IRA Contribution and Income Limits
IRA contribution limits are the same for 2016 as they were in 2015: $5,500 for investors under age 50 and $6,500 for those 50 or older. That limit is the same for both traditional and Roth IRA contributions.
The income limits to be able to deduct a traditional IRA contribution are also remaining the same for 2016. Individual filers who can make a retirement-plan contribution at work can make a fully deductible IRA contribution if their 2016 income is under $61,000; they cannot deduct their IRA contribution if their income is more than $71,000. (The amount of the contribution that is deductible is reduced--or phased out--for single taxpayers whose income lands between $61,000 and $71,000.) For married couples filing jointly in which the spouse who makes the IRA contribution is covered by a workplace retirement plan, traditional IRA contributions are fully deductible if their income falls below $98,000; contributions aren't deductible if their income exceeds $118,000. (Contributions are partially deductible if income falls between those two thresholds.)
Roth contributions aren't deductible, but income limits are increasing. Singles earnings less than $117,000 can make a full Roth contribution, but Roth IRA contributions are out of reach for single filers who earn more than $132,000. (Contributions are reduced if the single taxpayer's income falls between these two bands.) Married couples filing jointly can make a full Roth IRA contribution if their income is less than $184,000; they are ineligible to make a Roth contribution if their income exceeds $194,000. (Contributions are reduced for married couples filing jointly who earn between $184,000 and $194,000.)
Investors at any income level can contribute to a traditional IRA, though they cannot deduct their contribution on their tax return if their income exceeds the deductible amounts outlined above. Instead, higher-income investors can take advantage of what's called a backdoor Roth IRA, converting their traditional IRA to Roth shortly after funding it. Note that this strategy won't generally make sense for investors with large traditional IRA balances, for reasons outlined here.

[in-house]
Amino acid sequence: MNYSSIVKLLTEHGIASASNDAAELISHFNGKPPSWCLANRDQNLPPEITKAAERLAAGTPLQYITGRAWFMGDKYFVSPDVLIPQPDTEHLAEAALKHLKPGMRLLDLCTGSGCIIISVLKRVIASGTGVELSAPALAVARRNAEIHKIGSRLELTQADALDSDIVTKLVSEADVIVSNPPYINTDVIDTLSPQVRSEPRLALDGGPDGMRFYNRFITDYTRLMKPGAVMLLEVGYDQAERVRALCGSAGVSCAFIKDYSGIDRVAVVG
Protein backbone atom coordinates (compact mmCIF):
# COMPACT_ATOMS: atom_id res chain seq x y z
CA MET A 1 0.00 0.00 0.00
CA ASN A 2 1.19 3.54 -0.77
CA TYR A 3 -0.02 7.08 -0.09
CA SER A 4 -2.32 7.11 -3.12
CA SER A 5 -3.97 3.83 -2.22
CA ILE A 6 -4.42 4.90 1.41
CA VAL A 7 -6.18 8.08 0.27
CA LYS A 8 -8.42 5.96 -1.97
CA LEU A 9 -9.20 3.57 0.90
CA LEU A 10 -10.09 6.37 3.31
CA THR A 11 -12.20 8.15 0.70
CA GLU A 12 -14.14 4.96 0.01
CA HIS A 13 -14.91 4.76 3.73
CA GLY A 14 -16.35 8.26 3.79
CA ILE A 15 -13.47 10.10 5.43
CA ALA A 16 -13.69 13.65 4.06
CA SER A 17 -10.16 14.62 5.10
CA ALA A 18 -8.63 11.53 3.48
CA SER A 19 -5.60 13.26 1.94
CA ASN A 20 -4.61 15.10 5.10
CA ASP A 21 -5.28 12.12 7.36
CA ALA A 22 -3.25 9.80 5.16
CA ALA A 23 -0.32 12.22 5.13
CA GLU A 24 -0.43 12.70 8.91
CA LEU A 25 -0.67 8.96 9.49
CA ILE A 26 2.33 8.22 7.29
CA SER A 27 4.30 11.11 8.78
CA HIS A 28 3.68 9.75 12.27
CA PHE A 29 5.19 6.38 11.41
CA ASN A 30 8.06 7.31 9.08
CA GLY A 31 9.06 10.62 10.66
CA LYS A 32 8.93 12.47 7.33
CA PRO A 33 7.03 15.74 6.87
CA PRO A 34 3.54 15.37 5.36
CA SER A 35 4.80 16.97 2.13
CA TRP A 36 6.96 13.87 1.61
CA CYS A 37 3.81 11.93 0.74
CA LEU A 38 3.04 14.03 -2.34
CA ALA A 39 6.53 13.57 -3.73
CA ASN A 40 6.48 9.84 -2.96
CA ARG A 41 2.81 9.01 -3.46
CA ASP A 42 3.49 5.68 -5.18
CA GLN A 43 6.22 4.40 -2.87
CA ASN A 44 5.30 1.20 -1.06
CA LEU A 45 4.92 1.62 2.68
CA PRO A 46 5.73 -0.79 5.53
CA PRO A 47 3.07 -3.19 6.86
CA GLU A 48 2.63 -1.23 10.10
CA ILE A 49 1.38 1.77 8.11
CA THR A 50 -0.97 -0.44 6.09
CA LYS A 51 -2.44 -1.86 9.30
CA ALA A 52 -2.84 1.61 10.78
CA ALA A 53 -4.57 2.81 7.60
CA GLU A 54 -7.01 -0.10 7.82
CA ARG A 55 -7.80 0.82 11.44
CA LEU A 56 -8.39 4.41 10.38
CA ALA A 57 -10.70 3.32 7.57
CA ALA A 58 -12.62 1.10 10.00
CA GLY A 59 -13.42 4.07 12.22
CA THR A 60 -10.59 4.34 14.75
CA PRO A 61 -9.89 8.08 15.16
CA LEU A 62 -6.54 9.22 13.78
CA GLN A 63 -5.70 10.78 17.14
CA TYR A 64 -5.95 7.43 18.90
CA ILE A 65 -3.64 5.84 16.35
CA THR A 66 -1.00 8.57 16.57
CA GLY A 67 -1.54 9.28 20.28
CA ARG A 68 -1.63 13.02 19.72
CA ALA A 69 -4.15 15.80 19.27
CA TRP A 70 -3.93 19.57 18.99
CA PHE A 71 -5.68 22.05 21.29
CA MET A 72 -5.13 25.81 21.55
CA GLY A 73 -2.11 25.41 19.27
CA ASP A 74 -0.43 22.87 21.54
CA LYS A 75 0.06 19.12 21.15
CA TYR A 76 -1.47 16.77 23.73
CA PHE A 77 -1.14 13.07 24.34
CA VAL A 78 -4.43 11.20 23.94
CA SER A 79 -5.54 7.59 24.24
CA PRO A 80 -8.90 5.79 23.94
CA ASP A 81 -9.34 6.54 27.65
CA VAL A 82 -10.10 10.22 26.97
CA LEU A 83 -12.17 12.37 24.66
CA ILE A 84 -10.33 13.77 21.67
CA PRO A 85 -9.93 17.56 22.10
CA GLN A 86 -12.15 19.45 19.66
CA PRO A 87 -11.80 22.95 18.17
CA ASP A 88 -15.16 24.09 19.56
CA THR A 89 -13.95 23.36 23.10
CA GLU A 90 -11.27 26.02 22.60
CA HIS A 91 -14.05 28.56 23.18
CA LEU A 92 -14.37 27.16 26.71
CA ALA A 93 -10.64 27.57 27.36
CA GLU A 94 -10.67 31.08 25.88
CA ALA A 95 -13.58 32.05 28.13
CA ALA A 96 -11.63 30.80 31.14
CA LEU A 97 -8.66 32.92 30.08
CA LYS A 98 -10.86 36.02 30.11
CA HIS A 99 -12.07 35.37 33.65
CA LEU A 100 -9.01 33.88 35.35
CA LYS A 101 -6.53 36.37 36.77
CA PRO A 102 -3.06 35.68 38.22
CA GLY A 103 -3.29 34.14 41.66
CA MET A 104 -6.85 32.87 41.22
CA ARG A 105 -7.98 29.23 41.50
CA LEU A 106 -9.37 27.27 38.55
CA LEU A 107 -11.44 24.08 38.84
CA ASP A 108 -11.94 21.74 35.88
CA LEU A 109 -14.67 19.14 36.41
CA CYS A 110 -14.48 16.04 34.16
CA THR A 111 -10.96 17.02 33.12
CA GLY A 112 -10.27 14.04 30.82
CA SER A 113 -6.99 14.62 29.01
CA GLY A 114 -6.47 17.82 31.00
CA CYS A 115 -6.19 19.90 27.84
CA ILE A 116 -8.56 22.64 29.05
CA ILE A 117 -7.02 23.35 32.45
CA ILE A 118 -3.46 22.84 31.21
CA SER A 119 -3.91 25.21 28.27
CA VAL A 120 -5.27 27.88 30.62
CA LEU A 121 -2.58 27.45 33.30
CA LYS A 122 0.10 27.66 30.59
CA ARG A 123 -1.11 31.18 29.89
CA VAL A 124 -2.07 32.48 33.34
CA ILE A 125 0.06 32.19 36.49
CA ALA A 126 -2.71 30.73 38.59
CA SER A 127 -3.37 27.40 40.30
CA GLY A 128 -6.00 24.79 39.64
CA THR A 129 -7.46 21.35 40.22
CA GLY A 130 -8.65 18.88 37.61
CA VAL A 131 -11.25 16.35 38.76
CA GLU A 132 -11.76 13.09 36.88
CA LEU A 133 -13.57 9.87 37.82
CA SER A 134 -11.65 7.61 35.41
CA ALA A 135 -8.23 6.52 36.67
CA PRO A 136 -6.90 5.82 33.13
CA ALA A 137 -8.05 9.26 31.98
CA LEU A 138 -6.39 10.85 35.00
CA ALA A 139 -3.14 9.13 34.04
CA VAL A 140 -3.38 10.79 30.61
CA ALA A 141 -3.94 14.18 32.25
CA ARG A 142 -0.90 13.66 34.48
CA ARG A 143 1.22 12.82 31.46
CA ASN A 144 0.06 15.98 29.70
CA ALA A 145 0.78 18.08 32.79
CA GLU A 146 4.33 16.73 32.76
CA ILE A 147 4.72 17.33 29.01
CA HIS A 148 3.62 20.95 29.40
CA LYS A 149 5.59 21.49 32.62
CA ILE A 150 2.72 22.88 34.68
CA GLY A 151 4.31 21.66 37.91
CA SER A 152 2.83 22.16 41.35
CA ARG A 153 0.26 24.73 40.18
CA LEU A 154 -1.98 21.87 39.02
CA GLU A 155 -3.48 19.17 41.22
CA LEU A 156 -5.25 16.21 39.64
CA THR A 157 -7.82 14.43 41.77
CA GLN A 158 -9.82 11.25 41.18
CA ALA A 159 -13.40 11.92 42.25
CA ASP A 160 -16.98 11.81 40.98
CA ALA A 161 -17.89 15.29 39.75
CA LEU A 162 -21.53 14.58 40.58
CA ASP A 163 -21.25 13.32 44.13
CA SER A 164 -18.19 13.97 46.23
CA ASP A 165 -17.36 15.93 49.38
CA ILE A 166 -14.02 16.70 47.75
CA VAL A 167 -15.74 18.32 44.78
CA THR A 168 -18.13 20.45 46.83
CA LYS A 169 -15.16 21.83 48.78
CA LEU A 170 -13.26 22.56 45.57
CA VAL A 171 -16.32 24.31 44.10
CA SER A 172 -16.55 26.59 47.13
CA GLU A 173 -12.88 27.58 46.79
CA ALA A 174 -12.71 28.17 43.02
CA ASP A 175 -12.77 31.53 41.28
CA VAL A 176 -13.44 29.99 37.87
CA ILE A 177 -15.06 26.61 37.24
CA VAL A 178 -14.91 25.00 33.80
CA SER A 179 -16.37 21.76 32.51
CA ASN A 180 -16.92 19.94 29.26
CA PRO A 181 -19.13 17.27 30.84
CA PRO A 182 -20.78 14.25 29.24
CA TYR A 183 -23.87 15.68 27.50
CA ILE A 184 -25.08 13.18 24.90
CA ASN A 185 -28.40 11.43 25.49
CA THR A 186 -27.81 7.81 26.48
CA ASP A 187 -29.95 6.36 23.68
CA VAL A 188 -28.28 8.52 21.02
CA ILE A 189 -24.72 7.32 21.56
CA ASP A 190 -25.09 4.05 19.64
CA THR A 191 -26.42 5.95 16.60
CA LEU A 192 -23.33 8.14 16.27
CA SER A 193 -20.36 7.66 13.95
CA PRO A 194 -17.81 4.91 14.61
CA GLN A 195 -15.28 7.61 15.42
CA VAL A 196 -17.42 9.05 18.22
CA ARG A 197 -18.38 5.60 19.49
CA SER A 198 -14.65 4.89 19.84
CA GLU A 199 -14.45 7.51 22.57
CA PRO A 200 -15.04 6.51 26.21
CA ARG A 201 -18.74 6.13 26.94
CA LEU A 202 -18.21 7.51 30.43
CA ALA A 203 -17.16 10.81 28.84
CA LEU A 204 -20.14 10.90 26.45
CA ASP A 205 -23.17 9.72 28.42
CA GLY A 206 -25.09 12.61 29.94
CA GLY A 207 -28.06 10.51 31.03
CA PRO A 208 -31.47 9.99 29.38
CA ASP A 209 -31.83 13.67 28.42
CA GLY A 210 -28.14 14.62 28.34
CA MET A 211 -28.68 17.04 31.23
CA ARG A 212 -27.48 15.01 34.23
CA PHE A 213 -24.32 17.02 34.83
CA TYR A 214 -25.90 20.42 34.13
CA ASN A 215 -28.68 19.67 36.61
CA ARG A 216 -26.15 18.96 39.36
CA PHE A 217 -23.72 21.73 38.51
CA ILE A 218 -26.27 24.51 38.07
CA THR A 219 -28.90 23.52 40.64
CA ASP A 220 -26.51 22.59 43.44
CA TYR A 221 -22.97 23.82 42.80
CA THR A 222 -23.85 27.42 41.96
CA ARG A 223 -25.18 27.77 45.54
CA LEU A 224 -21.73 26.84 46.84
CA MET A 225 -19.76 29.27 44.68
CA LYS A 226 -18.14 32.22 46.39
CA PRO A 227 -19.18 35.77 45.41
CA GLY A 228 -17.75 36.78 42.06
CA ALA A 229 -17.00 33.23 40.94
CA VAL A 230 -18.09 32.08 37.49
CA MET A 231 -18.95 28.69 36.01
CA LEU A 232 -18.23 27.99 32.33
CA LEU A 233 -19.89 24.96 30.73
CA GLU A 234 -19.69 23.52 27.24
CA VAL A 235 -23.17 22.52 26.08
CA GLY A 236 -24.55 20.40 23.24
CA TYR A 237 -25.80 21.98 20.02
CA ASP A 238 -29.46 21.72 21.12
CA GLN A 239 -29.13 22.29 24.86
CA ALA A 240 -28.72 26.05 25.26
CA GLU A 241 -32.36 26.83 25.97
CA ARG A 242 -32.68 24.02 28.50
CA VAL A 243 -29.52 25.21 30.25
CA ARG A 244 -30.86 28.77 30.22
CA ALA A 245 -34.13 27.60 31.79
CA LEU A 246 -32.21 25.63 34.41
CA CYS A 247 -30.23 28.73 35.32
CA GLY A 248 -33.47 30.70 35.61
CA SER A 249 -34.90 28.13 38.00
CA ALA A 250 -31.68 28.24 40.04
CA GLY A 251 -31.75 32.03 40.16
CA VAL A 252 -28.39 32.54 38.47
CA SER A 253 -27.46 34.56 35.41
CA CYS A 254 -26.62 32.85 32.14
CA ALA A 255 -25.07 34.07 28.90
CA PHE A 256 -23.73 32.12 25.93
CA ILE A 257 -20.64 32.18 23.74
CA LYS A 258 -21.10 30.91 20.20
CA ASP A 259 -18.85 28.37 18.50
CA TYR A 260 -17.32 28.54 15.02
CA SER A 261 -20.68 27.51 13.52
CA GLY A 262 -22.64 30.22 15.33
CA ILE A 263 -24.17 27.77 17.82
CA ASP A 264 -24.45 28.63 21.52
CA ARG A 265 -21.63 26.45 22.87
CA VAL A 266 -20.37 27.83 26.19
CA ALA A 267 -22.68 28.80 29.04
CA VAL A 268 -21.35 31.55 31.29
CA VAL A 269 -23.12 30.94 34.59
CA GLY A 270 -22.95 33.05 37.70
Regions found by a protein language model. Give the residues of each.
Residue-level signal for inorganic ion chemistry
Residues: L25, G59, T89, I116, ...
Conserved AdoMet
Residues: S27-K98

401(k) Contribution and Income Limits
Contribution limits for 401(k), 403(b), and 457 plans are staying the same for 2016: $18,000 for those under age 50 and $24,000 for those 50 and above. The contribution limit is the same for both traditional and Roth 401(k) contributions. No income limits apply. If you're maxing out and would like to space your contributions throughout the year, bump up your contribution rate as soon as possible.
MyRA is a relatively new retirement-savings plan conceived as a Roth IRA with training wheels. Aftertax monies go into the account, the money accumulates on a tax-free basis, and qualified distributions are tax-free. (As with any Roth account, investors can withdraw their contributions from myRA at any time and for any reason.) Designed for workers who do not have access to another retirement-savings plan, myRa allows investors to contribute very small sums on an ongoing basis. Assets are invested in holdings similar to the G Fund that federal-government workers can buy in their Thrift Savings Plan (TSP), the 401(k)-like plan for government workers. The G Fund is guaranteed to not lose money yet has historically paid a better yield than true cash instruments. That might sound enticing to yield-starved investors, but note that your combined contribution to an IRA--whether Roth, traditional, or myRA--cannot exceed the $5,500/$6,500 limits, and your maximum holdings in myRA cannot exceed $15,000. Thus, myRA won't make sense for most higher-income savers, but it looks like a fine multitasking emergency fund/starter long-term savings vehicle for young investors who are just getting started.